As The Apprentice gained audience, Trump became more involved in both the production of the program and its promotion. With each passing week, he grew more serious about the show, devoted more time to it, and became a close student of its audience demographics. “He really ate it up,” Gaspin said. “He didn’t necessarily take it seriously at first, but when he gets traction, he puts everything into it. . . . He just loved, loved being a TV star.” The show’s audience diminished sharply in later seasons, especially when the network added a version of Apprentice starring Martha Stewart (her show premiered six months after she was released from prison). When Stewart’s Apprentice was canceled after one season, Trump wrote her a nasty note: “Your performance was terrible. . . . Be careful or I will do a syndicated daytime show, perhaps called ‘The Boardroom,’ and further destroy the meager ratings you already have!”
As soon as Apprentice hit the top ten in its first season, Trump was in demand on talk shows as never before. Dowd booked Trump on Don Imus’s morning radio gabfest every week for a year and a half. The appearances were initially meant to promote the TV show, but almost immediately, Trump started talking politics. The people who made The Apprentice with Trump didn’t think he would ever really run for office, but they recall his drawing a direct line from the show’s success to the possibility that he’d shoot for the nation’s top job. Burnett said, “Donald mentioned a number of times, ‘Maybe I’ll run for president one day.’ ”
The Apprentice turned Trump from a blowhard Richie Rich who had just gone through his most difficult decade into an unlikely symbol of straight talk, an evangelist for the American gospel of success, a decider who insisted on standards in a country that had somehow slipped into handing out trophies for just showing up. Before Trump, the rule book for reality shows said that TV should be positive and inspiring, not negative. But Trump changed those rules, Gaspin said. Trump, like American Idol’s Simon Cowell, could be simultaneously inspiring and negative—a politically incorrect truth teller. “Donald was about honesty; he was tough but truthful,” Gaspin said. “He wasn’t saying you were good at your job when you weren’t.” And although the show’s loyal viewers delighted in Trump’s blunt, decisive style—and in the way he humiliated some losing contestants—fans of The Apprentice also saw Trump as a billionaire with a heart, at times playful and unexpectedly willing to change his mind.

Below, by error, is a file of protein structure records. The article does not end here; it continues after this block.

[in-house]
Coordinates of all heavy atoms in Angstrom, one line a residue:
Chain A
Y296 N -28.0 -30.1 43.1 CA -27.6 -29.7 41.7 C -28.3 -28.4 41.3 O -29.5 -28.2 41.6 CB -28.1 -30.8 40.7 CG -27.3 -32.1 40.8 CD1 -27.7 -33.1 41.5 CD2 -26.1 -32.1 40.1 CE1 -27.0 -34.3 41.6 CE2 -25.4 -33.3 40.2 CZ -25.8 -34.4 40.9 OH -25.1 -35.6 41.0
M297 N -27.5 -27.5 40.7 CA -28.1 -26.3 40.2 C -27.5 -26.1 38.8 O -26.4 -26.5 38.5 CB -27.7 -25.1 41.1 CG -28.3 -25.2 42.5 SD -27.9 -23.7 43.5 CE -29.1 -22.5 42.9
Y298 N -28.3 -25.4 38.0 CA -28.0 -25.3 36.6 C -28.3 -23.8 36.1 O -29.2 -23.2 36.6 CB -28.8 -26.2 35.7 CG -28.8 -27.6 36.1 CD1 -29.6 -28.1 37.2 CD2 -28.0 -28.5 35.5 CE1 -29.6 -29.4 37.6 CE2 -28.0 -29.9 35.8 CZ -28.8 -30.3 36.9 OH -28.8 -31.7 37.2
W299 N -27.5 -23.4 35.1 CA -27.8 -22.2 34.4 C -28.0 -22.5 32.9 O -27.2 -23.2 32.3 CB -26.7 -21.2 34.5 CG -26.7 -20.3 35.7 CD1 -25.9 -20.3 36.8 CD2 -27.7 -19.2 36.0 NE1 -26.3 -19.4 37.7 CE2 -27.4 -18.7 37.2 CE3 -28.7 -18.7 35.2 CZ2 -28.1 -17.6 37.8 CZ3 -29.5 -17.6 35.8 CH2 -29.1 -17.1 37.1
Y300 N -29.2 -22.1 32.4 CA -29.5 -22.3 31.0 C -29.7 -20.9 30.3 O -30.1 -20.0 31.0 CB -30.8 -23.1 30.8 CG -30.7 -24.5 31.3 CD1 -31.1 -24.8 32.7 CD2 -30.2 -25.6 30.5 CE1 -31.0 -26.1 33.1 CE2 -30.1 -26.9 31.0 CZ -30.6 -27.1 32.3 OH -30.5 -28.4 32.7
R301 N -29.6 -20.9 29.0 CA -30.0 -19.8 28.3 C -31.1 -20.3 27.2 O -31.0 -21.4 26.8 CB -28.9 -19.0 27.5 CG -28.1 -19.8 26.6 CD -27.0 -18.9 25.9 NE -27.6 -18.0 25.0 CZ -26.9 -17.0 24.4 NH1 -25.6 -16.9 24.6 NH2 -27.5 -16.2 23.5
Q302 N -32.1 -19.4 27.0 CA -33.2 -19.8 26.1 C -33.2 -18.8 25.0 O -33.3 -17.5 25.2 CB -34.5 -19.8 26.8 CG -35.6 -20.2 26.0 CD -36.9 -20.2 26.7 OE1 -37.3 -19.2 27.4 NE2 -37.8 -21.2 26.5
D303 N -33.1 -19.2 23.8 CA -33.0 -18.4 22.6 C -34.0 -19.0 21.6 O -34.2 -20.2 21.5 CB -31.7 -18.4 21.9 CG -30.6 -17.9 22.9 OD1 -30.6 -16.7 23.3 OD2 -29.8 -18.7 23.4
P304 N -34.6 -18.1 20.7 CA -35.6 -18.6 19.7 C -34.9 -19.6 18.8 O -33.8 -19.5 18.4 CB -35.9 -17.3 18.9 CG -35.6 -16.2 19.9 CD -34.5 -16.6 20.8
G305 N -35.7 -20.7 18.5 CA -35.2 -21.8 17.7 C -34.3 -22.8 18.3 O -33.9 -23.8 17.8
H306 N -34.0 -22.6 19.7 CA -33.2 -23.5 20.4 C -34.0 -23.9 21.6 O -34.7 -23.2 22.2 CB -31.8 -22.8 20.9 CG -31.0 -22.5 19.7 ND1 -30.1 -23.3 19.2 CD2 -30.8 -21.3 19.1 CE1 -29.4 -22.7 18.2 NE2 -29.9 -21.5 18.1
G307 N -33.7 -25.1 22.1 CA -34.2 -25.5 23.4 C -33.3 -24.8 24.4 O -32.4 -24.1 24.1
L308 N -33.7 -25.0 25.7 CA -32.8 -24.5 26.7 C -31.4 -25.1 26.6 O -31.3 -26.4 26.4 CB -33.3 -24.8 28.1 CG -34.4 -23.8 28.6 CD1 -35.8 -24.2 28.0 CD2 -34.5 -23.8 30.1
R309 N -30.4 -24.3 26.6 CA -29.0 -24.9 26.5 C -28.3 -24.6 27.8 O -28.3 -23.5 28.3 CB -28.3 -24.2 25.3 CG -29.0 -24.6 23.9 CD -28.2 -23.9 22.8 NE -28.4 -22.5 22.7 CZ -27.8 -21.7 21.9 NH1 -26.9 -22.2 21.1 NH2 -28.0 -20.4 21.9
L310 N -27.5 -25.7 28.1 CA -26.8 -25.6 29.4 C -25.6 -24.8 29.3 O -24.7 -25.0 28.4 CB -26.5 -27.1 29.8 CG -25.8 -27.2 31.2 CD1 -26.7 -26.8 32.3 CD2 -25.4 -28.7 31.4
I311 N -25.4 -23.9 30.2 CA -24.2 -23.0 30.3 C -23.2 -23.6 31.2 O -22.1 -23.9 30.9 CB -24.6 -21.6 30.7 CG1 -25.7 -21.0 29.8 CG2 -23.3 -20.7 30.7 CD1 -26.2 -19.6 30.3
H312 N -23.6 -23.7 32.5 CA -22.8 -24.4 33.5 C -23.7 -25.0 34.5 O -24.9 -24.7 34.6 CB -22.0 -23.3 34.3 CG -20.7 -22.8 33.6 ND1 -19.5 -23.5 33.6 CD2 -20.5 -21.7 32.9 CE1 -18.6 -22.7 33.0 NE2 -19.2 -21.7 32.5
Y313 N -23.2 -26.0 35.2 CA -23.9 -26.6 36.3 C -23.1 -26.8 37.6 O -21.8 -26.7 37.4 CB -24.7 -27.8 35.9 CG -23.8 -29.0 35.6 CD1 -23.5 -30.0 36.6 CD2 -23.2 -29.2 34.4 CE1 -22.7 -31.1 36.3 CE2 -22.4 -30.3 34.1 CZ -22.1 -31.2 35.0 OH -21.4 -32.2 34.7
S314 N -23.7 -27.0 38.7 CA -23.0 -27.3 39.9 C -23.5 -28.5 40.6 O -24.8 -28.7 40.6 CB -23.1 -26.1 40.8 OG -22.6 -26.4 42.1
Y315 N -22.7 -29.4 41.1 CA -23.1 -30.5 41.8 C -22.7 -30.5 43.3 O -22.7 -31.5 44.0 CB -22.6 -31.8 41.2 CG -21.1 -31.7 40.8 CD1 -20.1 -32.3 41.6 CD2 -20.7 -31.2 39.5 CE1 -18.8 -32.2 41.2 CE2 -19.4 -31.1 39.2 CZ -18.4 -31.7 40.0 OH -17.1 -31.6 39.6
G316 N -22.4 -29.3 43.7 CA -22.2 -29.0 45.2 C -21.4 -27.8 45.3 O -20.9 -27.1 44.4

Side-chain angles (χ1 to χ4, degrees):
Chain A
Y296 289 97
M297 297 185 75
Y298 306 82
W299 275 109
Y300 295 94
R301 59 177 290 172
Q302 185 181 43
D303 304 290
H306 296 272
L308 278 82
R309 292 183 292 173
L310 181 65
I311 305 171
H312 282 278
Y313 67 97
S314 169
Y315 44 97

Above all, Apprentice sold an image of the host-boss as supremely competent and confident, dispensing his authority and getting immediate results. The analogy to politics was palpable, and Burnett saw it in action as the show’s format was franchised to several dozen other countries around the world. Increasingly, the hosts of the foreign editions of Apprentice were celebrities with political aspirations. “Nobody is missing this,” Burnett said.
The show’s creator came to believe that if Trump ever ran for president, it wouldn’t be a result of The Apprentice, but without The Apprentice there could be no candidacy: “People want to hear the unvarnished, that same style that he showed on The Apprentice . . . the ability to speak his mind clearly and not tone down his voice in a politically correct, TV way.”
Trump initially resisted the idea that The Apprentice played an important role in inspiring both his decision to run and the electorate’s interest in his campaign. He noted how well-known he was before the show premiered. Unprompted, he reeled off his ratings on other TV shows, the magazines whose covers he’d graced, the bestselling books he’d written. But then he pivoted and said that the reality show “was a different level of adulation, or respect, or celebrity. That really went to a different level. I’m running to really make America great again, but the celebrity helped, that’s true.”
At the least, The Apprentice fed Trump’s hunger for public recognition. Gaspin saw “some sort of huge need for public validation” from his star. “He would call me every day: ‘How are the ratings?’ He’s fueled by it.” Looking back years later, some of the show’s top executives saw Trump’s move toward elective politics as an effort to re-create those heady first months of public adulation that followed Apprentice’s premiere. “The show was magic, and that’s what he’s trying to recapture,” Dowd said.